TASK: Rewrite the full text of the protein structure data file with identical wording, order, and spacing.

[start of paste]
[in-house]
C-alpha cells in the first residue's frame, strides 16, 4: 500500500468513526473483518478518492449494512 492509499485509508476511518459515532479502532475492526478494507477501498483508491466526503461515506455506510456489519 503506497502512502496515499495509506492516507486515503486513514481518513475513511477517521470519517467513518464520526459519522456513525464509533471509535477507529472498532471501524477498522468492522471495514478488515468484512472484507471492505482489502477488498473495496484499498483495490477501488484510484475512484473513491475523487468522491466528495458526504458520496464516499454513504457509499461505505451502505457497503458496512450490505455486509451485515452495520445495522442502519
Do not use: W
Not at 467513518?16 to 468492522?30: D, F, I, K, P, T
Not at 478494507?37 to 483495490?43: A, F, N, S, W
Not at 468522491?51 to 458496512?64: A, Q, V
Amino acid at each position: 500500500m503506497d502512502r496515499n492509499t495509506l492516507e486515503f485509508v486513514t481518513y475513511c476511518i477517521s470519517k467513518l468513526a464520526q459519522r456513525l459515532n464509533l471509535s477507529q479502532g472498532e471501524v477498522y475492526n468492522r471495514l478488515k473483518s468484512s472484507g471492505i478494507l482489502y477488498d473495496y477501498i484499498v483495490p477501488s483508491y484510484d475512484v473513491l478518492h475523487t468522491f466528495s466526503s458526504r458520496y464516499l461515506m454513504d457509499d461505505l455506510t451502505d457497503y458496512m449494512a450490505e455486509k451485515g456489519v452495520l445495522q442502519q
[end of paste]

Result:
[in-house]
C-alpha cells in the first residue's frame, strides 16, 4: 500500500468513526473483518478518492449494512 492509499485509508476511518459515532479502532475492526478494507477501498483508491466526503461515506455506510456489519 503506497502512502496515499495509506492516507486515503486513514481518513475513511477517521470519517467513518464520526459519522456513525464509533471509535477507529472498532471501524477498522468492522471495514478488515468484512472484507471492505482489502477488498473495496484499498483495490477501488484510484475512484473513491475523487468522491466528495458526504458520496464516499454513504457509499461505505451502505457497503458496512450490505455486509451485515452495520445495522442502519
Do not use: W
Not at 467513518?16 to 468492522?30: D, F, I, K, P, T
Not at 478494507?37 to 483495490?43: A, F, N, S, W
Not at 468522491?51 to 458496512?64: A, Q, V
Amino acid at each position: 500500500m503506497d502512502r496515499n492509499t495509506l492516507e486515503f485509508v486513514t481518513y475513511c476511518i477517521s470519517k467513518l468513526a464520526q459519522r456513525l459515532n464509533l471509535s477507529q479502532g472498532e471501524v477498522y475492526n468492522r471495514l478488515k473483518s468484512s472484507g471492505i478494507l482489502y477488498d473495496y477501498i484499498v483495490p477501488s483508491y484510484d475512484v473513491l478518492h475523487t468522491f466528495s466526503s458526504r458520496y464516499l461515506m454513504d457509499d461505505l455506510t451502505d457497503y458496512m449494512a450490505e455486509k451485515g456489519v452495520l445495522q442502519q